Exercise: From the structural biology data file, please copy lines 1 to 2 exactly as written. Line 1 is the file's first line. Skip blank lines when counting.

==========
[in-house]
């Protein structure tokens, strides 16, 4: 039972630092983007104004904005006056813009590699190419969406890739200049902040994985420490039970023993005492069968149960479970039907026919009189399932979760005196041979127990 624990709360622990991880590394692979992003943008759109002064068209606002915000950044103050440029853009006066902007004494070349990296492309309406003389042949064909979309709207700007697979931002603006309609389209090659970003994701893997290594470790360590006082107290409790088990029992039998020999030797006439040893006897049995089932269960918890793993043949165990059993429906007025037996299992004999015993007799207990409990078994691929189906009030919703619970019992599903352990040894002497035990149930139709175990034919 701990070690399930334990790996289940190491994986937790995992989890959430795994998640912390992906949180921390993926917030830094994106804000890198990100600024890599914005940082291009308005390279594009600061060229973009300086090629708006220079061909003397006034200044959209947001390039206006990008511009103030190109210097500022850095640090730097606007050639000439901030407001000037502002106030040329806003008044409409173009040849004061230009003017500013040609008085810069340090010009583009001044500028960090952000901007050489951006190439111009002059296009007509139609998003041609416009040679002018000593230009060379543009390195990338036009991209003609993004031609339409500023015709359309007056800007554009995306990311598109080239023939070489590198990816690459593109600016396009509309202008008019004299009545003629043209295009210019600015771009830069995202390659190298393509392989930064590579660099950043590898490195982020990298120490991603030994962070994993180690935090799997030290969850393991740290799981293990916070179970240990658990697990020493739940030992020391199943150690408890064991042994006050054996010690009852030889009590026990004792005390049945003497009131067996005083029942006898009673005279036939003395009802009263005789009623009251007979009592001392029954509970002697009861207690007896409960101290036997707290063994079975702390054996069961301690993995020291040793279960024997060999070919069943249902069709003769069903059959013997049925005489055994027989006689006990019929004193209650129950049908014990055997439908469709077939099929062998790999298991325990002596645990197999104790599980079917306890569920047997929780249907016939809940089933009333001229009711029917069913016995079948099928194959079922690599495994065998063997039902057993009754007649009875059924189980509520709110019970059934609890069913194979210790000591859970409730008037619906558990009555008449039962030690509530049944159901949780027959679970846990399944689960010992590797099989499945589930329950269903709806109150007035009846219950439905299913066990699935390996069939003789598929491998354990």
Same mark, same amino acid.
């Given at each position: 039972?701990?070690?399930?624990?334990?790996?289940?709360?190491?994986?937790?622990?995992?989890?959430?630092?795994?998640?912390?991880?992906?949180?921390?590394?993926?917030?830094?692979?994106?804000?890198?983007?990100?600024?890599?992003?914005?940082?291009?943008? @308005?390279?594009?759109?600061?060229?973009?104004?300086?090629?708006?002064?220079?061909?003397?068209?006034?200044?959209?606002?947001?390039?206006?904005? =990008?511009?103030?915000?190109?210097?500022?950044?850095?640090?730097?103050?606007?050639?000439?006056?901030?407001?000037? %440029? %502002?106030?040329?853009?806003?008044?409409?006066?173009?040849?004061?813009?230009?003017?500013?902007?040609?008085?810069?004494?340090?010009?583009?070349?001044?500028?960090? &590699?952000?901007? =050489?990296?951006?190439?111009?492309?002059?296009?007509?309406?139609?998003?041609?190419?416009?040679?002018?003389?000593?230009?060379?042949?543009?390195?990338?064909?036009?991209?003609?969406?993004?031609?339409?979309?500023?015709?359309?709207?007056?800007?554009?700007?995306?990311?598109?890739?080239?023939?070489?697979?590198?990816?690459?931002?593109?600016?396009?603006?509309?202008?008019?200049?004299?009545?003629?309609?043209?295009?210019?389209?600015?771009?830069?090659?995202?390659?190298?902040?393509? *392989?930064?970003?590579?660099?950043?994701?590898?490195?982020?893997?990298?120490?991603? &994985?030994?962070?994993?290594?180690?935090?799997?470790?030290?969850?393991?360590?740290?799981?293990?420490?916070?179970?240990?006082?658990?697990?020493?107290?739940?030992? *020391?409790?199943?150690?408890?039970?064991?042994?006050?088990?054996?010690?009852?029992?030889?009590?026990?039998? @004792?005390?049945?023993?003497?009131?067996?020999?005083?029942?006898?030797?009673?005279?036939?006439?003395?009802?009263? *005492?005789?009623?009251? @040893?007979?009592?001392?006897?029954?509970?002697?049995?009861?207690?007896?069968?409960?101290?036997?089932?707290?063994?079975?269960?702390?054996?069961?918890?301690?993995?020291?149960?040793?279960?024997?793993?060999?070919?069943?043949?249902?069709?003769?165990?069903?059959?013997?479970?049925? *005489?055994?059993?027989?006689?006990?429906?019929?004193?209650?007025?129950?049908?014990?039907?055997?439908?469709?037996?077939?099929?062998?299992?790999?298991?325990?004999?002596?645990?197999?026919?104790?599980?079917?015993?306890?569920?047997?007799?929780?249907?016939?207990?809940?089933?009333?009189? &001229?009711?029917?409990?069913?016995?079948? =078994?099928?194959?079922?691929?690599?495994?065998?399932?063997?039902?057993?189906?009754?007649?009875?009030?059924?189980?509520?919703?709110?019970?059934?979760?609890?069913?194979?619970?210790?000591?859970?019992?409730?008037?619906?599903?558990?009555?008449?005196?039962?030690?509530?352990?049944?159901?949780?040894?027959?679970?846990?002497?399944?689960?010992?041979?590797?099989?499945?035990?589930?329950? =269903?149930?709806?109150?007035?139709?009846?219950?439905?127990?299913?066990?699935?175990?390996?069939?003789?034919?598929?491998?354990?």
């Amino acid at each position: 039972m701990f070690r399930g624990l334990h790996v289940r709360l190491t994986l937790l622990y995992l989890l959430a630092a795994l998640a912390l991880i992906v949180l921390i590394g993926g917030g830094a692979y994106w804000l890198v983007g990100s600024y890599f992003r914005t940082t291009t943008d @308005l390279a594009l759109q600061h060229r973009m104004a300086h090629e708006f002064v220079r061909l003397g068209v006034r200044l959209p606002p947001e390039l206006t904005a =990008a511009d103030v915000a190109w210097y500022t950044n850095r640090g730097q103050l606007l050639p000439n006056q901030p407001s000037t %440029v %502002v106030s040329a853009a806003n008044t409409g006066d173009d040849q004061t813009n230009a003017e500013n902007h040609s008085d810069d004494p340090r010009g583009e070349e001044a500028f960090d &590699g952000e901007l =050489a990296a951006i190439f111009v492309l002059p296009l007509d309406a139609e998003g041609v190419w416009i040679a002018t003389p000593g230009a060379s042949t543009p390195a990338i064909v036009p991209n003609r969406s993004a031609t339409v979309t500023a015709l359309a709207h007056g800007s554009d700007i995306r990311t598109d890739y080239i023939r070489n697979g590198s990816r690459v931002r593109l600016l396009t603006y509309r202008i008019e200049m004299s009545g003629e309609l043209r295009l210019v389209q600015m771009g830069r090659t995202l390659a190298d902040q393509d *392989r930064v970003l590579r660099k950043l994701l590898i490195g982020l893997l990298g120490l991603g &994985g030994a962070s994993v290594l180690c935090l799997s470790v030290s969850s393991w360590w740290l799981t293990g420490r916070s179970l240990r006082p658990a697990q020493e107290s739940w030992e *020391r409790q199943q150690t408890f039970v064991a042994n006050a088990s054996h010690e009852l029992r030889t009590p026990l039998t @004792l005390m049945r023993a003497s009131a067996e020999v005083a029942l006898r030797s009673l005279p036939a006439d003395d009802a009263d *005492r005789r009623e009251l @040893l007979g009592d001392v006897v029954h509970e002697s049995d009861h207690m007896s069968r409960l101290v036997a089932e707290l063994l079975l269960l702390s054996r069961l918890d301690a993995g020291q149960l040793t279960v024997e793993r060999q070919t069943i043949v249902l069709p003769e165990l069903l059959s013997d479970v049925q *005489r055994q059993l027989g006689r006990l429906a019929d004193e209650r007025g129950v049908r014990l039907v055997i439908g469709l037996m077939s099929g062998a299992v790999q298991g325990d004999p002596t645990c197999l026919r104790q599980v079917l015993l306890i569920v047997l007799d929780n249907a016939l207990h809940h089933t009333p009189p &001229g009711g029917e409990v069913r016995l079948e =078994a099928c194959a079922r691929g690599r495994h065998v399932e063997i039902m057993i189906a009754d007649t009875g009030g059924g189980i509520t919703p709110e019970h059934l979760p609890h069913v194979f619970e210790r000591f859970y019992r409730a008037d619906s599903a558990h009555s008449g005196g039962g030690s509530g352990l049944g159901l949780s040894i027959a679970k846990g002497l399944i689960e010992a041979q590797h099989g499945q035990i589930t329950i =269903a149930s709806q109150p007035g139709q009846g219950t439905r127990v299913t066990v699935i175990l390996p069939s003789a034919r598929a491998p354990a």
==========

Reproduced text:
[in-house]
């Protein structure tokens, strides 16, 4: 039972630092983007104004904005006056813009590699190419969406890739200049902040994985420490039970023993005492069968149960479970039907026919009189399932979760005196041979127990 624990709360622990991880590394692979992003943008759109002064068209606002915000950044103050440029853009006066902007004494070349990296492309309406003389042949064909979309709207700007697979931002603006309609389209090659970003994701893997290594470790360590006082107290409790088990029992039998020999030797006439040893006897049995089932269960918890793993043949165990059993429906007025037996299992004999015993007799207990409990078994691929189906009030919703619970019992599903352990040894002497035990149930139709175990034919 701990070690399930334990790996289940190491994986937790995992989890959430795994998640912390992906949180921390993926917030830094994106804000890198990100600024890599914005940082291009308005390279594009600061060229973009300086090629708006220079061909003397006034200044959209947001390039206006990008511009103030190109210097500022850095640090730097606007050639000439901030407001000037502002106030040329806003008044409409173009040849004061230009003017500013040609008085810069340090010009583009001044500028960090952000901007050489951006190439111009002059296009007509139609998003041609416009040679002018000593230009060379543009390195990338036009991209003609993004031609339409500023015709359309007056800007554009995306990311598109080239023939070489590198990816690459593109600016396009509309202008008019004299009545003629043209295009210019600015771009830069995202390659190298393509392989930064590579660099950043590898490195982020990298120490991603030994962070994993180690935090799997030290969850393991740290799981293990916070179970240990658990697990020493739940030992020391199943150690408890064991042994006050054996010690009852030889009590026990004792005390049945003497009131067996005083029942006898009673005279036939003395009802009263005789009623009251007979009592001392029954509970002697009861207690007896409960101290036997707290063994079975702390054996069961301690993995020291040793279960024997060999070919069943249902069709003769069903059959013997049925005489055994027989006689006990019929004193209650129950049908014990055997439908469709077939099929062998790999298991325990002596645990197999104790599980079917306890569920047997929780249907016939809940089933009333001229009711029917069913016995079948099928194959079922690599495994065998063997039902057993009754007649009875059924189980509520709110019970059934609890069913194979210790000591859970409730008037619906558990009555008449039962030690509530049944159901949780027959679970846990399944689960010992590797099989499945589930329950269903709806109150007035009846219950439905299913066990699935390996069939003789598929491998354990």